Nortel Files For Bankruptcy As Financing Dries Up
Telecommunications gear maker Nortel Networks Corp. filed for bankruptcy protection in the U.S. and Canada today, following losses from a sharp drop in orders and the failure to secure adequate financing amid a growing recession.
The Toronto-based company, North America’s largest maker of phone equipment, filed for court protection one day before it was set to make a $107 million interest payment, for which the company was granted protection in Ontario Superior Court today.
The protection against its creditors will provide Nortel additional opportunities to pursue restructuring options or sell its assets.
Nortel issued a press release saying that the company had been executing a turnaround strategy since late 2005, but “the global financial crisis and recession have compounded Nortel’s financial challenges and directly impacted its ability to complete this transformation.”
“Nortel must be put on a sound financial footing once and for all,” said Nortel’s CEO, Mike Zafirovski, in the statement.
As of its last quarterly filing, the company had $2.4 billion in cash and $4.5 billion in debt. On Wednesday, Nortel said its cash position remains at $2.4 billion, but it did not disclose its debt load or total assets. However, its Chapter 11 bankruptcy filing, made today in Delaware, shows that the Bank of New York Mellon Corp. is a trustee on $3.8 billion of debt. The company’s other creditors include the contract manufacturer Flextronics International Ltd.
During the technology boom, Nortel employed more than 95,000 and was worth nearly $300 billion at its peak in 2000, accounting for one-third of the market value on the entire Toronto Stock Exchange.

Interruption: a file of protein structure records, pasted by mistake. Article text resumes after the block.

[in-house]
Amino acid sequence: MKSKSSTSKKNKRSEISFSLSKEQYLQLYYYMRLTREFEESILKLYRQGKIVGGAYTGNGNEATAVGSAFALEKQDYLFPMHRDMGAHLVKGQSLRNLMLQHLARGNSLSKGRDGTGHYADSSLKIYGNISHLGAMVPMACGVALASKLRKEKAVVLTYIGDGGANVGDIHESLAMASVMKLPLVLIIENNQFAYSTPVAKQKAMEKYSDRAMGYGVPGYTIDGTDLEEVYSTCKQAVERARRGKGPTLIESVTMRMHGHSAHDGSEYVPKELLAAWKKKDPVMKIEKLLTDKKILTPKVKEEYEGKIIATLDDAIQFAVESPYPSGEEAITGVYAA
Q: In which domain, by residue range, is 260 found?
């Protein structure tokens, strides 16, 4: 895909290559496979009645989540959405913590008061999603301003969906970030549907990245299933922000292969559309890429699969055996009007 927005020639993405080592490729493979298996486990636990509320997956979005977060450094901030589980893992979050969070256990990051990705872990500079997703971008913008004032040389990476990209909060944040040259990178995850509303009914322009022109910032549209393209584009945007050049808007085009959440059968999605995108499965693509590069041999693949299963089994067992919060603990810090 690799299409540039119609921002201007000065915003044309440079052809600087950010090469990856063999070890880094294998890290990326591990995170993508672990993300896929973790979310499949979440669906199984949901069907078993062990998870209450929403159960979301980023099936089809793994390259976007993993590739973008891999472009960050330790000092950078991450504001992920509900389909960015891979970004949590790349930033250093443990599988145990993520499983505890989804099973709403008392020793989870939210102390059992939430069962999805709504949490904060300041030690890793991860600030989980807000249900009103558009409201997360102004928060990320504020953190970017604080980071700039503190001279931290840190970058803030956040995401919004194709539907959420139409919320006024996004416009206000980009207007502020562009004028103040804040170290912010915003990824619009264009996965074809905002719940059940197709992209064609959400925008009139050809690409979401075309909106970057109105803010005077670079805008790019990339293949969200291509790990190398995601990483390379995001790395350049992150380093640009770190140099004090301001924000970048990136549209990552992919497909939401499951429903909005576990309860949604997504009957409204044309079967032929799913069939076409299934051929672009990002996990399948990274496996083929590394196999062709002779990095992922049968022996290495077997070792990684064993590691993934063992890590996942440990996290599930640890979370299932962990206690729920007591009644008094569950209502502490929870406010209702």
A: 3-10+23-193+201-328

But those days are a distant memory to the $155 market value the company had when trading closed Tuesday. Its work force now stands at just 26,000 people.
Shares of the company’s stock were down 66 percent when it resumed trading on the Toronto Stock Exchange Wednesday.
For years Nortel has been trying to recover from an accounting crisis that produced regulatory investigations, shareholder lawsuits and the dismissal of key executives, including CEO Frank Dunn.
Mohammed Nakhooda, a Nortel spokesman, declined to disclose which assets the company would not try to sell, and it is unclear what effect the bankruptcy filing might have on the company’s sponsorships of the 2010 Olympic Winter Games in Vancouver and the 2012 Games in London in 2012.
Tony Clement, Canada’s Minister of Industry, said the government is prepared to assist Nortel in restructuring to become a viable company. Indeed, the government has already agreed to provide up to $24 million in short-term financing and is open to discussing additional loans, Clement said.
“The government of Canada appreciates the importance of the telecommunications industry to our economy,” he said in a statement.
In December, Nortel admitted that it was considering a bankruptcy filing, news that has divided opinion among analysts.
“They would gain very little out of the bankruptcy filing and lose a lot,” CreditSights analyst Ping Zhao told the Associated Press.
Considering the long-term service contracts required for telecommunications network equipment, “you have to really convince your customers that you’re going to be around,” he said.
However, without creditor protection Nortel had limited options.
The recession has slowed global spending on information-technology, while frozen credit markets made it more challenging to sell off business units to generate cash. Indeed, the company has been searching since September, without success, for a buyer for its Metro Ethernet unit.
Meanwhile, some customers have been delaying orders as doubts about the company’s viability have surfaced, said UBS analyst Nikos Theodosopoulos.
“Nortel has enough cash to run its business this year and probably a good part of next year as well,” he told the AP.
However, the bankruptcy protection would provide Nortel with a “better chance to preserve itself.”
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